Compare any two graphics cards:
Radeon HD 5850 vs Radeon HD 7970
IntroThe Radeon HD 5850 features clock speeds of 725 MHz on the GPU, and 1000 MHz on the 1024 MB of GDDR5 memory. It features 1440(288x5) SPUs as well as 72 Texture Address Units and 32 ROPs.
Compare that to the Radeon HD 7970, which uses a 28 nm design. AMD has set the core frequency at 925 MHz. The GDDR5 memory runs at a speed of 1375 MHz on this particular card. It features 2048 SPUs along with 128 Texture Address Units and 32 Rasterization Operator Units.
Power Usage and Theoretical Benchmarks
Power Consumption (Max TDP)
Theoretically speaking, the Radeon HD 7970 should be much faster than the Radeon HD 5850 in general. (explain)
Texel RateThe Radeon HD 7970 is a lot (more or less 127%) more effective at AF than the Radeon HD 5850. (explain)
Pixel RateThe Radeon HD 7970 should be a lot (more or less 28%) better at FSAA than the Radeon HD 5850, and capable of handling higher resolutions while still performing well. (explain)
Please note that the above 'benchmarks' are all just theoretical - the results were calculated based on the card's specifications, and real-world performance may (and probably will) vary at least a bit.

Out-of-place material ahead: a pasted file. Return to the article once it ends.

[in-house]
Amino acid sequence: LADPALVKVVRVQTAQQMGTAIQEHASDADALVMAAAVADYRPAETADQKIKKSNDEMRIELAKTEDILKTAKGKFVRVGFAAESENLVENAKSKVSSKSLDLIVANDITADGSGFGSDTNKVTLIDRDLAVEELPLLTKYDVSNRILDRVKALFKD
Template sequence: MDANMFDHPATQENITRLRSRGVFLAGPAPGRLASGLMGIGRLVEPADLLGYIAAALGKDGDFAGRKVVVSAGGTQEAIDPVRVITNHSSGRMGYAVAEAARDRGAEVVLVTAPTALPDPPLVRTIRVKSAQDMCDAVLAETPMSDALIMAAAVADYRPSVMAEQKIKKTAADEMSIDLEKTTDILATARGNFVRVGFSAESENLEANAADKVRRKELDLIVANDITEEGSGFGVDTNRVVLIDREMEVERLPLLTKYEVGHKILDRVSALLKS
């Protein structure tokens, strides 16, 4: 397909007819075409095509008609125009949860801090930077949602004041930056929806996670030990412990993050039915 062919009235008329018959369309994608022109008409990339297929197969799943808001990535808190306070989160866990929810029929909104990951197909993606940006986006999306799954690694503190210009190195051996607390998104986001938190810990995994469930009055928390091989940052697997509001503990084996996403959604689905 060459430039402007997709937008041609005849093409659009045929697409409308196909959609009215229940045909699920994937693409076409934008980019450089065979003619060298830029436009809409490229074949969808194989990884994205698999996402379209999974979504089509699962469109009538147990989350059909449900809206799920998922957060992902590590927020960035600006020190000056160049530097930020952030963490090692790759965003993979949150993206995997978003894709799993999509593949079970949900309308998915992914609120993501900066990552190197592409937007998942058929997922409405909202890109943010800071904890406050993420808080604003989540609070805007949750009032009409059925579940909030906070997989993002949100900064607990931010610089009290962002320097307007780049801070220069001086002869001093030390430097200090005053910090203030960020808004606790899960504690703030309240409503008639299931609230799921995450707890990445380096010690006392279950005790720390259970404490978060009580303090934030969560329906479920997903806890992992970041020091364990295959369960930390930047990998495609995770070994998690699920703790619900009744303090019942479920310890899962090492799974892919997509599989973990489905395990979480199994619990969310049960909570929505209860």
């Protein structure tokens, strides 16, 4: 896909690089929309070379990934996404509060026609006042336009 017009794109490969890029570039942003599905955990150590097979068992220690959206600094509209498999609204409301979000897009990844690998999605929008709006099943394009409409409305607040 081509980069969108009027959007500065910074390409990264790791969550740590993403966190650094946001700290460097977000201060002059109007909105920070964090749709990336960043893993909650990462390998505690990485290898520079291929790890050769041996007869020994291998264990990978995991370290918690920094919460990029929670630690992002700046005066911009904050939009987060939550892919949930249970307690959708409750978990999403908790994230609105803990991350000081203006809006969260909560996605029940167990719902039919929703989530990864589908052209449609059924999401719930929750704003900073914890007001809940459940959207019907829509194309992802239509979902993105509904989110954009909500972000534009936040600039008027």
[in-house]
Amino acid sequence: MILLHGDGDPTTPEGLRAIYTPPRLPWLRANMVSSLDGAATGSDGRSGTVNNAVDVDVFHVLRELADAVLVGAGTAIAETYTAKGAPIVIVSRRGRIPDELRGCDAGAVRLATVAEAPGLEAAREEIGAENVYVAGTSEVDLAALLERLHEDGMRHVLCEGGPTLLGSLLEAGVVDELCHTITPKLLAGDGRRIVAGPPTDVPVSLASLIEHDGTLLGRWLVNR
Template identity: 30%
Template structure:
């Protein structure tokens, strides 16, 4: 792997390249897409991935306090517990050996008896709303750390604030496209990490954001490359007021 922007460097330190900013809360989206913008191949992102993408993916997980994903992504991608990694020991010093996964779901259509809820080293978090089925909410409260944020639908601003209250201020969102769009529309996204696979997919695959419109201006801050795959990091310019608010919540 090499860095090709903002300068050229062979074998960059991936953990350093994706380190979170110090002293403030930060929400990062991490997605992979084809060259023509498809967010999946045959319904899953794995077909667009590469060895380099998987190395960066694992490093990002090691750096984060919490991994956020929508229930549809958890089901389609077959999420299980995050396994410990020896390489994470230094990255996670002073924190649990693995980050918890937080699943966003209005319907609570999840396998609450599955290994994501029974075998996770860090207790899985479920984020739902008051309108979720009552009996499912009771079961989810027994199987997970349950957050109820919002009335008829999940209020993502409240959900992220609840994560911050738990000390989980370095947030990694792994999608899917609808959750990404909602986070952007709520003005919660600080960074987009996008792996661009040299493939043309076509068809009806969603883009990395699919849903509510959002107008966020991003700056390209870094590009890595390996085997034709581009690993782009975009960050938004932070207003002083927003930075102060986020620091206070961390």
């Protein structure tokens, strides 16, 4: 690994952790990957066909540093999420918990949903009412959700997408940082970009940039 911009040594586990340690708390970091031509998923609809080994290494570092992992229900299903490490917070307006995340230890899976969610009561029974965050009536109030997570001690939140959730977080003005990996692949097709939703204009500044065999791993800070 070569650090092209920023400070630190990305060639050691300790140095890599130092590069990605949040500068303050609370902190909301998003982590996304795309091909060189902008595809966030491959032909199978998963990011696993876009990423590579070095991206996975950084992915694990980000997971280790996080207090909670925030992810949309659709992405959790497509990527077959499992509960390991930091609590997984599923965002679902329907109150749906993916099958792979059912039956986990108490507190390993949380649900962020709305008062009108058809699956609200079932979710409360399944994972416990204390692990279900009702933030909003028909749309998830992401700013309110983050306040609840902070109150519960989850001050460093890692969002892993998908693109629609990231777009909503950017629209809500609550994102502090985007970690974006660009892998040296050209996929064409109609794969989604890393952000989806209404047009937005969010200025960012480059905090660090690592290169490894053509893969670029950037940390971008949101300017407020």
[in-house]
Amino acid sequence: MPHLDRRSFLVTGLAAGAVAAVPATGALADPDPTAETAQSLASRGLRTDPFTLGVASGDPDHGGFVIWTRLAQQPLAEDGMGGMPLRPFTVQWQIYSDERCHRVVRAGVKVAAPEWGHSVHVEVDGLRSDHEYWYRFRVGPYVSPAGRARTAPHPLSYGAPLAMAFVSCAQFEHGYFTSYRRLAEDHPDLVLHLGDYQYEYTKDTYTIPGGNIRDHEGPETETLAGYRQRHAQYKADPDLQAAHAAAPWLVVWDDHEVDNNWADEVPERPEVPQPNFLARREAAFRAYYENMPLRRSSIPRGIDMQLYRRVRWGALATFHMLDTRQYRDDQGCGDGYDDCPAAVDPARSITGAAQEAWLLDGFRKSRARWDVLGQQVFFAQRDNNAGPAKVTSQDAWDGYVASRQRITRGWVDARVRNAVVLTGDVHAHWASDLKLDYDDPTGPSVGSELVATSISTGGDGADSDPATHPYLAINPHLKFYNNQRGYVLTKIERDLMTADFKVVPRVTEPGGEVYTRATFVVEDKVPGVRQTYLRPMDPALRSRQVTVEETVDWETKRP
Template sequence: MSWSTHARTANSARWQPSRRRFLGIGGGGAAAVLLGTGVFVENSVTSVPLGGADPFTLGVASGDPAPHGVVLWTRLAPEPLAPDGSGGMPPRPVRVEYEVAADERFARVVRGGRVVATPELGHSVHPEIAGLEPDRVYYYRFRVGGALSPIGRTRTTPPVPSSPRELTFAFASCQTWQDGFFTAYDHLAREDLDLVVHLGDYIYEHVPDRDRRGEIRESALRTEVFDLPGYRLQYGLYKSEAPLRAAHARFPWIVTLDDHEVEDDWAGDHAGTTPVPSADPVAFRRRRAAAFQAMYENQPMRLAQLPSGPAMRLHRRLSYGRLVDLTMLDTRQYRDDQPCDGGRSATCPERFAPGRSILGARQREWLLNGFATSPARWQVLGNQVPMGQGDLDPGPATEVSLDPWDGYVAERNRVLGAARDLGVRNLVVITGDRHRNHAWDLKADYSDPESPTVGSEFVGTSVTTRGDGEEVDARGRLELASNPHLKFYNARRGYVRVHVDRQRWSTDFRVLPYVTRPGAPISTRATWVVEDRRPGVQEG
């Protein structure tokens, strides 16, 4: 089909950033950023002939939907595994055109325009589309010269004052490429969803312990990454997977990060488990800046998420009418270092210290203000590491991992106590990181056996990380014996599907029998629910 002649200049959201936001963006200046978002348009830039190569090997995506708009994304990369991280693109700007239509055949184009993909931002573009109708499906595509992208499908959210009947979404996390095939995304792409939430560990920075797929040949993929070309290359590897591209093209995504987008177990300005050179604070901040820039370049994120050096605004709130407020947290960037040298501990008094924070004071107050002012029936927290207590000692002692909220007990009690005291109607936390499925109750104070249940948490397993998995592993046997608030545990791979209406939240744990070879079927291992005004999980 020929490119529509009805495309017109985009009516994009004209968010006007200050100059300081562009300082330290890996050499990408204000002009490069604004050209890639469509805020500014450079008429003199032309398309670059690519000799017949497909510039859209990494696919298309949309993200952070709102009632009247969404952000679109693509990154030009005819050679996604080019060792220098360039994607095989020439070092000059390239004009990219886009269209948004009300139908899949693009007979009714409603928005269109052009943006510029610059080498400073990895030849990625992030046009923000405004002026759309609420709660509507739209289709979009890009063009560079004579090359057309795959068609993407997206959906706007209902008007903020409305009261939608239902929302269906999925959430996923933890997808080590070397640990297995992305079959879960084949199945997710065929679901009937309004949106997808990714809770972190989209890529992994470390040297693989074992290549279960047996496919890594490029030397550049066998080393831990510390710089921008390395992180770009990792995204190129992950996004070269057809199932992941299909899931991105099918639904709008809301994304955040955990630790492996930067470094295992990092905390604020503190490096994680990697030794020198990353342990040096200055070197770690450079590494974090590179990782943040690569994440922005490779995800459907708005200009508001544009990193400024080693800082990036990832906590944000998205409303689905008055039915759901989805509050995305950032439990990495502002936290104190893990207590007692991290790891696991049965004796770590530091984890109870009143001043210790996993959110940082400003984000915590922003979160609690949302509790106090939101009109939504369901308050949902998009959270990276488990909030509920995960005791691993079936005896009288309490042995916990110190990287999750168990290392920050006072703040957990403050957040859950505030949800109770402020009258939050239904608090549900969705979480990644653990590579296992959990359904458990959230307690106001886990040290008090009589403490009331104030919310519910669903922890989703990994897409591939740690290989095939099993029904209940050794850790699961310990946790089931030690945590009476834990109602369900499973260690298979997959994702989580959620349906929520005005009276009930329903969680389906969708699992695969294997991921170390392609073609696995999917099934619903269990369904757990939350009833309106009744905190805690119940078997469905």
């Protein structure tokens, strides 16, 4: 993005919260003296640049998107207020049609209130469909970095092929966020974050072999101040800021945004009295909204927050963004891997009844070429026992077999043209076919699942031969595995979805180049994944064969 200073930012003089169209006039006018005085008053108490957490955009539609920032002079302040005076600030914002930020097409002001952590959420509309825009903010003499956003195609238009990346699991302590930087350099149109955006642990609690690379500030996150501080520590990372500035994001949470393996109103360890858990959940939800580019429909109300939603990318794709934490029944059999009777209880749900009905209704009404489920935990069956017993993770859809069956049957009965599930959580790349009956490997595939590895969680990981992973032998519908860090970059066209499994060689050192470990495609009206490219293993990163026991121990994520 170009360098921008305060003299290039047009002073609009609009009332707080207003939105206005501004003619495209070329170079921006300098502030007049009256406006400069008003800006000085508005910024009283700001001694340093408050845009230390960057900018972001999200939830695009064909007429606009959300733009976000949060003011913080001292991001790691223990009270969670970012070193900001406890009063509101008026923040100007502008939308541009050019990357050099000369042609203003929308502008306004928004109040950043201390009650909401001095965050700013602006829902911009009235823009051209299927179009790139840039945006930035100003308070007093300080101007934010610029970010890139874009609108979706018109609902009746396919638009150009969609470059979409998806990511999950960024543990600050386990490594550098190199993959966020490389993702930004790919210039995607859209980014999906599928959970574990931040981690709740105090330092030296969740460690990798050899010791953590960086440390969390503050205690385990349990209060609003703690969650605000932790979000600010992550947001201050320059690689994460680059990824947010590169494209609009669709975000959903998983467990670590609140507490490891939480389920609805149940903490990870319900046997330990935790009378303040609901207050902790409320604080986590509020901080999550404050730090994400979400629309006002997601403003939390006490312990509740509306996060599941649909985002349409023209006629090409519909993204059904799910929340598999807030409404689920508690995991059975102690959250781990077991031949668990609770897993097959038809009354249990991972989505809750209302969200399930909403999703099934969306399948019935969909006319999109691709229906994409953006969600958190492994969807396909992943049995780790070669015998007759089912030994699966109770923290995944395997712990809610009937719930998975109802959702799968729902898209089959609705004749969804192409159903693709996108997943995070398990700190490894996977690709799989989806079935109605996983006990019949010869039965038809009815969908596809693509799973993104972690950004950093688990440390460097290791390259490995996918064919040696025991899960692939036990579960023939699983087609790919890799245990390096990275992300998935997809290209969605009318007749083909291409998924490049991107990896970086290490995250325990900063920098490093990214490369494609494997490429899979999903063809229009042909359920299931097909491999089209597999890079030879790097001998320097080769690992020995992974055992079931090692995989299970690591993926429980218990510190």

Please note that the price comparisons are based on search keywords - sometimes it might show cards with very similar names that are not exactly the same as the one chosen in the comparison. We do try to filter out the wrong results as best we can, though.
Memory Bandwidth: Memory bandwidth is the max amount of data (counted in MB per second) that can be moved across the external memory interface in a second. The number is worked out by multiplying the card's interface width by its memory clock speed. If the card has DDR type memory, the result should be multiplied by 2 once again. If it uses DDR5, multiply by 4 instead. The higher the card's memory bandwidth, the better the card will be in general. It especially helps with AA, HDR and higher screen resolutions.
Texel Rate: Texel rate is the maximum texture map elements (texels) that are processed per second. This is calculated by multiplying the total amount of texture units of the card by the core clock speed of the chip. The better this number, the better the card will be at texture filtering (anisotropic filtering - AF). It is measured in millions of texels in a second.
Pixel Rate: Pixel rate is the maximum number of pixels the graphics card could possibly write to the local memory per second - measured in millions of pixels per second. The number is worked out by multiplying the amount of colour ROPs by the the core speed of the card. ROPs (Raster Operations Pipelines - sometimes also referred to as Render Output Units) are responsible for outputting the pixels (image) to the screen. The actual pixel output rate is also dependant on lots of other factors, most notably the memory bandwidth of the card - the lower the bandwidth is, the lower the potential to reach the maximum fill rate.